2019 World Refugee Day Celebrations, Washington D.C.
In solidarity with the 70+ million forcibly displaced people who walk sometimes for weeks over difficult and dangerous terrain seeking refuge, my family and I were proud to walk the 2-mile route from George Washington University's Elliot School of International Affairs to the steps of the Lincoln Memorial. Our walk was significantly shorter than the journey of a refugee considering that an Afghan family from Kabul seeking refuge in Frankfort, Germany would have to walk almost 4,300 miles, cross several 10,000 ft. mountain ranges, and make a treacherous sea crossing between Turkey and Greece in an overloaded, unseaworthy rubber boat. That distance--from Kabul to Frankfort--is the equivalent of walking from Boston, Massachusetts to San Diego, California then up the West Coast, past Seattle, Washington, to the Candian border. (Distances calculated using Google Maps.)
Despite the shorter distance, a walk to Lincoln Memorial has been a significant scene for other groups who have marched for freedom from oppression and to raise awareness of suffering. In this way, such a backdrop felt altogether fitting for the cause of shining light and hope out into the world in support of 1% of the world's population seeking refuge (UNHCR Figures at a Glance).
As sunset turned to night, participants lit candles while listening to stories from refugee support workers in Greece and from those who have successfully integrated in the United States. For me, one of the most moving moments of the evening was hearing the Star-Spangled Banner sung by a former refugee from Syria in his native language, a gesture showing that a newcomer can love both their own homeland and mine too.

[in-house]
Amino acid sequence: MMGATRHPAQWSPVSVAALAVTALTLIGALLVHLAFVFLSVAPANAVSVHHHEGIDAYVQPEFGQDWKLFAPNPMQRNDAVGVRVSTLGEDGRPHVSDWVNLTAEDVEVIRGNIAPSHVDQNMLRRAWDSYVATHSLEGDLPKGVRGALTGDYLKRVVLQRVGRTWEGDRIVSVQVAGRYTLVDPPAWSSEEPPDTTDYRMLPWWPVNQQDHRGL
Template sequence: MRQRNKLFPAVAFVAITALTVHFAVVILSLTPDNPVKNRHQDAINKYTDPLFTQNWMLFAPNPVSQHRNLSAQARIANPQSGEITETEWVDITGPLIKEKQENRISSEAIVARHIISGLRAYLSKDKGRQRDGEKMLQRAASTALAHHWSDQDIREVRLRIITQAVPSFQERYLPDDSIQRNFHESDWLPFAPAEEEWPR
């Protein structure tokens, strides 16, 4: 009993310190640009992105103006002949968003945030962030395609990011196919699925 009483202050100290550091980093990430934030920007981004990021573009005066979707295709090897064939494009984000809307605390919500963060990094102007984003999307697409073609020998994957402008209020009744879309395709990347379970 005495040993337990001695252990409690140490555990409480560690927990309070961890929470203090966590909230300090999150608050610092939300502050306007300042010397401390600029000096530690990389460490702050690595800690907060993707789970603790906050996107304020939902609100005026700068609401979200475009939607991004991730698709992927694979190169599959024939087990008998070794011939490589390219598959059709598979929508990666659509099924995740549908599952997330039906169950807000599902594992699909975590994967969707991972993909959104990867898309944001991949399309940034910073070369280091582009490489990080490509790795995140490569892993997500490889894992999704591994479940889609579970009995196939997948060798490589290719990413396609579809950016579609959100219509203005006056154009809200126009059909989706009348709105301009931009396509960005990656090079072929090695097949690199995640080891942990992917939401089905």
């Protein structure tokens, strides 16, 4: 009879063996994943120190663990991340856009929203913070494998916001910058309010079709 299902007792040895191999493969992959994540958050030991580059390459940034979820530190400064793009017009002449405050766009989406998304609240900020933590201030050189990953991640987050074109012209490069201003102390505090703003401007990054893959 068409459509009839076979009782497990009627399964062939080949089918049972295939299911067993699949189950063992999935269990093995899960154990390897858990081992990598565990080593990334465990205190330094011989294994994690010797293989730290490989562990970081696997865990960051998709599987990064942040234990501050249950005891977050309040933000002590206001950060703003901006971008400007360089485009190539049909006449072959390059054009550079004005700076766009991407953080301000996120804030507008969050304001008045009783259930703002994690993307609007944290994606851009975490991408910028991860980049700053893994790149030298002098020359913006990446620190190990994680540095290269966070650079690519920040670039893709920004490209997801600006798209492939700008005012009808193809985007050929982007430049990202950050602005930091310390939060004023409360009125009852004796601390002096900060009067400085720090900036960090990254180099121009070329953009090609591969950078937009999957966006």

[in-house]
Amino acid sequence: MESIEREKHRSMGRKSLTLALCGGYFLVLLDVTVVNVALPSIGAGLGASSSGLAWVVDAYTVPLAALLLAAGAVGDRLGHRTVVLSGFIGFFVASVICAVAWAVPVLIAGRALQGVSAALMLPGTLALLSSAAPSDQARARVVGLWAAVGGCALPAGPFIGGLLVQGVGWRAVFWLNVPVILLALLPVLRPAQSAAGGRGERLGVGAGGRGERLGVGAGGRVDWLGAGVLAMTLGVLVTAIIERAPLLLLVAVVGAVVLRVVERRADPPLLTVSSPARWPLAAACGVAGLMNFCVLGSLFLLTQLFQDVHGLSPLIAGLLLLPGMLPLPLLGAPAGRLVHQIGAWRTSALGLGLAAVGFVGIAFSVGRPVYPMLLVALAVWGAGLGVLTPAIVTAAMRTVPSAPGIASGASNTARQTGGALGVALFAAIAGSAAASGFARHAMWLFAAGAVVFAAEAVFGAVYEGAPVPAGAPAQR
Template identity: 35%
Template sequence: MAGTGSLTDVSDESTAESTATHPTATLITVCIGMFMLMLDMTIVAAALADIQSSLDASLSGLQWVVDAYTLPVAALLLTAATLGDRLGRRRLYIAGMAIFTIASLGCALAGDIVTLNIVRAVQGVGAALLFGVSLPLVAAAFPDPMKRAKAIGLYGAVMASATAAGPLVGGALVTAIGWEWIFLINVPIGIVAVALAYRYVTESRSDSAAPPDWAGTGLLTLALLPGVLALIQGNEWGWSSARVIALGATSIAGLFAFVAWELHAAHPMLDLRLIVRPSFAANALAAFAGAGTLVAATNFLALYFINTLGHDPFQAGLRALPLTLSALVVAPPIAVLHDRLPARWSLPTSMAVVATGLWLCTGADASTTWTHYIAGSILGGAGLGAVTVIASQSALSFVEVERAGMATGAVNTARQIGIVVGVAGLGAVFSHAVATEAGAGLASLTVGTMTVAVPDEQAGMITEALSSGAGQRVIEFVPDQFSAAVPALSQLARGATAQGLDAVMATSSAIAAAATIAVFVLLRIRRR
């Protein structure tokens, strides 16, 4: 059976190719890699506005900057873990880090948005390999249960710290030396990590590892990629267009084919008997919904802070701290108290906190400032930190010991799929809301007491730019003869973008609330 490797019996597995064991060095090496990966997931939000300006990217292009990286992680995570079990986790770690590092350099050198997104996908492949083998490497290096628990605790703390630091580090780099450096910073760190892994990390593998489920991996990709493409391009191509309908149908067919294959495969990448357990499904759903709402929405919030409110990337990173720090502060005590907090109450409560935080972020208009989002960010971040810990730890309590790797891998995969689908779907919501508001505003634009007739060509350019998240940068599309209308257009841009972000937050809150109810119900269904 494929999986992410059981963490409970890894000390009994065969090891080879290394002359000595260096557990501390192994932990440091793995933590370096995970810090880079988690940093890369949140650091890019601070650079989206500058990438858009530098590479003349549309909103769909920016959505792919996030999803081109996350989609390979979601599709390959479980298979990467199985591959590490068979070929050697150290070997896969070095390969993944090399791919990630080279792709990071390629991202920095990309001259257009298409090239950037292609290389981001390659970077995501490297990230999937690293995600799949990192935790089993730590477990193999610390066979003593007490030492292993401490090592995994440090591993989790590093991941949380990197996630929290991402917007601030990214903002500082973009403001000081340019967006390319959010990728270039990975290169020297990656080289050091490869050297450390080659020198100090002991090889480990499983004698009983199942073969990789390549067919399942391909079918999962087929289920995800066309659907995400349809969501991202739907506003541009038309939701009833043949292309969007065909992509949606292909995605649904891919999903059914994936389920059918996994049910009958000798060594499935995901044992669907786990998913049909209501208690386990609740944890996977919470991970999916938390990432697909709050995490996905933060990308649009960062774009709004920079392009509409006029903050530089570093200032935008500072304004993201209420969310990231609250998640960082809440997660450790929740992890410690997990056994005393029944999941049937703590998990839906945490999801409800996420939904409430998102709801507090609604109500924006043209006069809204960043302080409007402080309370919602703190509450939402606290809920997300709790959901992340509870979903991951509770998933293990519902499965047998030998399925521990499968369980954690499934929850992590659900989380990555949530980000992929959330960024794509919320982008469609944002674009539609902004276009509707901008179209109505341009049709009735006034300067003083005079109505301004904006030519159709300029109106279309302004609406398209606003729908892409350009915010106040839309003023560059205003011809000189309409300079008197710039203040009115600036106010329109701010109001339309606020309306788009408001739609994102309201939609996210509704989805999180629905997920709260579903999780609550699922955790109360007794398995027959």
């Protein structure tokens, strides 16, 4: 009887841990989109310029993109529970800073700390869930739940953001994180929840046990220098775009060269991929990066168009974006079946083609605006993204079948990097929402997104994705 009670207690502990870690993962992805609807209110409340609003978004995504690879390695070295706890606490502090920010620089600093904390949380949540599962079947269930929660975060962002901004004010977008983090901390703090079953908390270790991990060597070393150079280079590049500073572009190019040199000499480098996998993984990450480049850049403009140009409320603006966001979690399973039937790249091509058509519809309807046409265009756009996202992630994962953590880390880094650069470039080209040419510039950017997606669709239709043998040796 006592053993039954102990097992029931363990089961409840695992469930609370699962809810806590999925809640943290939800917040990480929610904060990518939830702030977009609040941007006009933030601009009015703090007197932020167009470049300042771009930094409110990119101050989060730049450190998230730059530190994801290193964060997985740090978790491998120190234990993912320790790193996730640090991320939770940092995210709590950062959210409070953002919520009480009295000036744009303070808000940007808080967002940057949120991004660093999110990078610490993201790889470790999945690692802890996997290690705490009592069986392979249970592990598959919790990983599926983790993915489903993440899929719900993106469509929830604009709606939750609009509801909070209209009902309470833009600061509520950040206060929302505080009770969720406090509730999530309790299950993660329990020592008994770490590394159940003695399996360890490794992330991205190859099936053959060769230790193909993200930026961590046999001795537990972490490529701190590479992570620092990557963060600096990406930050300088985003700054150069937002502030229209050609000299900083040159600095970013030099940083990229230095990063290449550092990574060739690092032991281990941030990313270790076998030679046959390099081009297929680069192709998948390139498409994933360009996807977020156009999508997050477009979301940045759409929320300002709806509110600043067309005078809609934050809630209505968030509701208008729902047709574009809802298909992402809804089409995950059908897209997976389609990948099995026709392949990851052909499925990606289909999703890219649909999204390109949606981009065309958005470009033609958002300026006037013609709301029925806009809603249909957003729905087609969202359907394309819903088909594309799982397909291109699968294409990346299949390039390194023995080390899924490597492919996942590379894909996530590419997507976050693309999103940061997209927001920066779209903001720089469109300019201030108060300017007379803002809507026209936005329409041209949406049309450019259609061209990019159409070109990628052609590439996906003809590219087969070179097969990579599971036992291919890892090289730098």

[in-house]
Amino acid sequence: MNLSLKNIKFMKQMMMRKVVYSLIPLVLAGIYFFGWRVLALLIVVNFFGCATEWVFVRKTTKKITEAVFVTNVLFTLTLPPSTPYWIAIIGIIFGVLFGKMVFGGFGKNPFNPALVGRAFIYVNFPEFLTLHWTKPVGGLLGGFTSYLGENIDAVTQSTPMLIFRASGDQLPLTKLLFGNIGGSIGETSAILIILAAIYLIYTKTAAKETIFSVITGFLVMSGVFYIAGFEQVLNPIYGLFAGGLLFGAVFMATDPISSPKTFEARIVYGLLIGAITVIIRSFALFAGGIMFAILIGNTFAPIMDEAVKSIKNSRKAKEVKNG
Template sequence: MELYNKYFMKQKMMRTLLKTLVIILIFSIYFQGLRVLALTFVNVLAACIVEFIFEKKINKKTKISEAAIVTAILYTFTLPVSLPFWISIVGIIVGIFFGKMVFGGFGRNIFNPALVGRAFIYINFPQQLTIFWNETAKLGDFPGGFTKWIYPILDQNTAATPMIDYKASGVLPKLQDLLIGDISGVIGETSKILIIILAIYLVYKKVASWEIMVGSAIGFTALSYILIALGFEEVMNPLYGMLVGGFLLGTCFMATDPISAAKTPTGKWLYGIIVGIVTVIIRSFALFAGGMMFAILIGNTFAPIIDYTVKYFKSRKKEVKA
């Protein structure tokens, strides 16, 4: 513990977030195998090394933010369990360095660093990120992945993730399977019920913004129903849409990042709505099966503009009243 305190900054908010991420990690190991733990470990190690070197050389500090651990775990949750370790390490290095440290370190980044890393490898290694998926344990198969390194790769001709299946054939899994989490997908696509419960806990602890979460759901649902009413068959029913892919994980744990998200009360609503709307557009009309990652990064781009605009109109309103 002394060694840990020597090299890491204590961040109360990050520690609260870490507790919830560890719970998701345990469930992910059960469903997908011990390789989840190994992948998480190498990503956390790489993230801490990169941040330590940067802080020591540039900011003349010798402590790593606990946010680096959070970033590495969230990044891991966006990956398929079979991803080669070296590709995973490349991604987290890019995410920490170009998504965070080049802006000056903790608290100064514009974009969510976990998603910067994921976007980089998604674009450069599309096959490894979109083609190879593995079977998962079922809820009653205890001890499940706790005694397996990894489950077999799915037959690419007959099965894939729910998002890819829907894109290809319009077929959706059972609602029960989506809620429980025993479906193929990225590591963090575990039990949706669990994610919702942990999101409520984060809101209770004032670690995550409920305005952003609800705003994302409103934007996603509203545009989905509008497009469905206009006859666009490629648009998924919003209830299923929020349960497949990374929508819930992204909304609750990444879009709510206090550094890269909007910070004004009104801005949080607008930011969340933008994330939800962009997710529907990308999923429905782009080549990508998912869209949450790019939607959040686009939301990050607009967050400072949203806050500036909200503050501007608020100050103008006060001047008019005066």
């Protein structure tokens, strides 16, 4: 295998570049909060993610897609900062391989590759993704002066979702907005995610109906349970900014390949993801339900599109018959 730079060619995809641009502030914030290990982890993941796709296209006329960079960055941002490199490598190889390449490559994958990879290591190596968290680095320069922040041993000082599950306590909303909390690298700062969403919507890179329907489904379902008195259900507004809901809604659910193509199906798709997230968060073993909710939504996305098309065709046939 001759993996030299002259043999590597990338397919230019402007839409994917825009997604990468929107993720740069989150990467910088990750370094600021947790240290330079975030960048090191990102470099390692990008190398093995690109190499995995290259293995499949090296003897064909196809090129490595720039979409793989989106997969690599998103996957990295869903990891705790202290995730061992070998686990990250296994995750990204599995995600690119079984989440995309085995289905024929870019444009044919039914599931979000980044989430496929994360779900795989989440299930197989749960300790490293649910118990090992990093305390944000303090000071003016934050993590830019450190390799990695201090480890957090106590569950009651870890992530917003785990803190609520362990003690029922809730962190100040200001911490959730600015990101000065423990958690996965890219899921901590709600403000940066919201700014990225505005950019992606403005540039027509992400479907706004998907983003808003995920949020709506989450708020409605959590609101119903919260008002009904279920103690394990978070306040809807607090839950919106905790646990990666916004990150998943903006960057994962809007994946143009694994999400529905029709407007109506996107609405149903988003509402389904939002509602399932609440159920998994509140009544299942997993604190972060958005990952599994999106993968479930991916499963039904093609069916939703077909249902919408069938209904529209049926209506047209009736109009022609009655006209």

2019 DC Sunset Run for Refugees
How does a refugee move forward in a new country? How do they bridge the gaps they face that are necessary for integration into a new place? Most importantly, how do they learn the language fast enough to get a job and be productive in their communities? One ESL program in Virginia's southeast region targeting mothers and children conducts classes over Zoom, offering both language skills and a sense of community for women who are often more isolated.
In partnership with NoVa Friends of Refugees, we have provided a list of the most relevant proposals for the refugee and immigrant communities, organized by policy category, and encourage our local readers to stay updated and contact your representatives for those issues about which you feel strongly. We have found our elected officials' staff to be easy to talk to and, in our experience, responsive to our emails. The Virginia General Assembly is in session until February 27. Call or write today!
As much as my newcomer friends may need help in successfully integrating into their new communities, the rest of us have much to gain from their lived experience, maybe especially in a pandemic-filled world of uncertainty.